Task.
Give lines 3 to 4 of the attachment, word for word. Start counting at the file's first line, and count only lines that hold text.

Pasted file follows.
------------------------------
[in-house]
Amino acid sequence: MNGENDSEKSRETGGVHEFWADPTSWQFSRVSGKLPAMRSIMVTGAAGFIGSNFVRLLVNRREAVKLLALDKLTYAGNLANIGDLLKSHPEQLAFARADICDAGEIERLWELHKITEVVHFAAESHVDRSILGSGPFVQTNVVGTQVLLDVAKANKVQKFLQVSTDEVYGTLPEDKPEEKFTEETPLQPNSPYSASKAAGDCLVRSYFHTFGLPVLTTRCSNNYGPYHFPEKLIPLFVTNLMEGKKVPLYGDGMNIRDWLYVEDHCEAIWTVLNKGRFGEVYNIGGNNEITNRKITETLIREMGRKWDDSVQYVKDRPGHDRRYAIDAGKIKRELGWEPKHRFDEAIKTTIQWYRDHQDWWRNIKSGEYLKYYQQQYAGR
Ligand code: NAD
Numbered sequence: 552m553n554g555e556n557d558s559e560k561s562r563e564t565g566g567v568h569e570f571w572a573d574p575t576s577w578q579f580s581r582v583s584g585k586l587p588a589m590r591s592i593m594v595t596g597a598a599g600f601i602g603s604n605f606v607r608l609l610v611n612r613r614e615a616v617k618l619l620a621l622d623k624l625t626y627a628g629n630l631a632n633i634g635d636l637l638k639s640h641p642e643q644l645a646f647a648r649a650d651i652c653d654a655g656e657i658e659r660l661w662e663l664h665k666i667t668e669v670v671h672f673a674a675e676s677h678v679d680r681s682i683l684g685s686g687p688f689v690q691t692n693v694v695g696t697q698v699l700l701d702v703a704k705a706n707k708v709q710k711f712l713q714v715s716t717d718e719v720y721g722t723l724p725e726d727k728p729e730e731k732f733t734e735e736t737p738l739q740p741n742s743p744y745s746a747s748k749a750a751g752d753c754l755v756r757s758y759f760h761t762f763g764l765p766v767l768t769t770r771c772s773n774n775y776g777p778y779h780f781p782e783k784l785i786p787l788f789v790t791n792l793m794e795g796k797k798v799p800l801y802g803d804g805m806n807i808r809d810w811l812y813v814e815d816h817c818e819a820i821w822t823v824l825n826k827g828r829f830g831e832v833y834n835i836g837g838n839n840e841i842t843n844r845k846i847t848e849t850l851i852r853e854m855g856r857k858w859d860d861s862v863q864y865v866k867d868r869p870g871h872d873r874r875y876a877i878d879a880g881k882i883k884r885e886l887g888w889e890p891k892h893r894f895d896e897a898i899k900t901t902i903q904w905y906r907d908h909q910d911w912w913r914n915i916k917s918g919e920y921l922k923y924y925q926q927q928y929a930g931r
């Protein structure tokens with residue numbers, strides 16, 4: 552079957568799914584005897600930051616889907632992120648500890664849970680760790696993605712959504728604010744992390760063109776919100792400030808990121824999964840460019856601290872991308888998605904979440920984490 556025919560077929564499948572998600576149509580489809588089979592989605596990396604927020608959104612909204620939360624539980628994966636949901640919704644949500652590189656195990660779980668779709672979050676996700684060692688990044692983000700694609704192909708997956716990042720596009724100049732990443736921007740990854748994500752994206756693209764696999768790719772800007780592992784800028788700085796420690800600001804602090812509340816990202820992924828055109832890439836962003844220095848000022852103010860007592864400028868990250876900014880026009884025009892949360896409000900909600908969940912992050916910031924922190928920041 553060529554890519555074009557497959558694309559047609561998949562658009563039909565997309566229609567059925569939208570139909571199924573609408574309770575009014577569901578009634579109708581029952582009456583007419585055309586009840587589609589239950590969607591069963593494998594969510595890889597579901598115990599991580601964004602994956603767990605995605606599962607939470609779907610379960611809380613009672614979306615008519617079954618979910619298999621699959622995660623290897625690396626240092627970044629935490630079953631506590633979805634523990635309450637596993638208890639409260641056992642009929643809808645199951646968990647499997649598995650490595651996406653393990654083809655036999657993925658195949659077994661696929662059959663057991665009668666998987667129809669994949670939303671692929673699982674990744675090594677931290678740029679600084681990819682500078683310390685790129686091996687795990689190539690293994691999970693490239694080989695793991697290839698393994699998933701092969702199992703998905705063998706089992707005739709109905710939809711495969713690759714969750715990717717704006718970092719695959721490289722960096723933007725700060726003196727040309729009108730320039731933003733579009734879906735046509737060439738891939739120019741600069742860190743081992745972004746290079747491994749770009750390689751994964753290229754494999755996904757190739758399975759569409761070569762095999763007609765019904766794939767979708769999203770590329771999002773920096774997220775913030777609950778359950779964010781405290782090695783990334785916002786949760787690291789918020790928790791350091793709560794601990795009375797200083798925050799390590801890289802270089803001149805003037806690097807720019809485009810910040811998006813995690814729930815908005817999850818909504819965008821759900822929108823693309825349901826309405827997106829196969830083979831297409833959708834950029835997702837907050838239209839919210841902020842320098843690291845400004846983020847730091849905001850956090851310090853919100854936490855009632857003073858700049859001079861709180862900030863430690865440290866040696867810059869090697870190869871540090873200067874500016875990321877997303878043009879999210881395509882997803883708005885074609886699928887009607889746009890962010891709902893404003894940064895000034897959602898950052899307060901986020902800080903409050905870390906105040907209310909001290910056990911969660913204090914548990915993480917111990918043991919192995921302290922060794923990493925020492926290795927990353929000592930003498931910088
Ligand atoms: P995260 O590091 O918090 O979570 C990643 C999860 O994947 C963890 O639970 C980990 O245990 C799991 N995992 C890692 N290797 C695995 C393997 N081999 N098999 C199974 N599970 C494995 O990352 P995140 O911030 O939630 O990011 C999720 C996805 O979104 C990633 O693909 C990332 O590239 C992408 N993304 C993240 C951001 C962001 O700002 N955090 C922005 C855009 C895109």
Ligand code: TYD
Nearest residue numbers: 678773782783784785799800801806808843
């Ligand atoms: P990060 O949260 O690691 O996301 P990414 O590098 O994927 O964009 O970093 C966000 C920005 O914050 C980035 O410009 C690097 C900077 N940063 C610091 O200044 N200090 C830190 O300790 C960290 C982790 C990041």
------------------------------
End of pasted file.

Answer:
Ligand code: NAD
Numbered sequence: 552m553n554g555e556n557d558s559e560k561s562r563e564t565g566g567v568h569e570f571w572a573d574p575t576s577w578q579f580s581r582v583s584g585k586l587p588a589m590r591s592i593m594v595t596g597a598a599g600f601i602g603s604n605f606v607r608l609l610v611n612r613r614e615a616v617k618l619l620a621l622d623k624l625t626y627a628g629n630l631a632n633i634g635d636l637l638k639s640h641p642e643q644l645a646f647a648r649a650d651i652c653d654a655g656e657i658e659r660l661w662e663l664h665k666i667t668e669v670v671h672f673a674a675e676s677h678v679d680r681s682i683l684g685s686g687p688f689v690q691t692n693v694v695g696t697q698v699l700l701d702v703a704k705a706n707k708v709q710k711f712l713q714v715s716t717d718e719v720y721g722t723l724p725e726d727k728p729e730e731k732f733t734e735e736t737p738l739q740p741n742s743p744y745s746a747s748k749a750a751g752d753c754l755v756r757s758y759f760h761t762f763g764l765p766v767l768t769t770r771c772s773n774n775y776g777p778y779h780f781p782e783k784l785i786p787l788f789v790t791n792l793m794e795g796k797k798v799p800l801y802g803d804g805m806n807i808r809d810w811l812y813v814e815d816h817c818e819a820i821w822t823v824l825n826k827g828r829f830g831e832v833y834n835i836g837g838n839n840e841i842t843n844r845k846i847t848e849t850l851i852r853e854m855g856r857k858w859d860d861s862v863q864y865v866k867d868r869p870g871h872d873r874r875y876a877i878d879a880g881k882i883k884r885e886l887g888w889e890p891k892h893r894f895d896e897a898i899k900t901t902i903q904w905y906r907d908h909q910d911w912w913r914n915i916k917s918g919e920y921l922k923y924y925q926q927q928y929a930g931r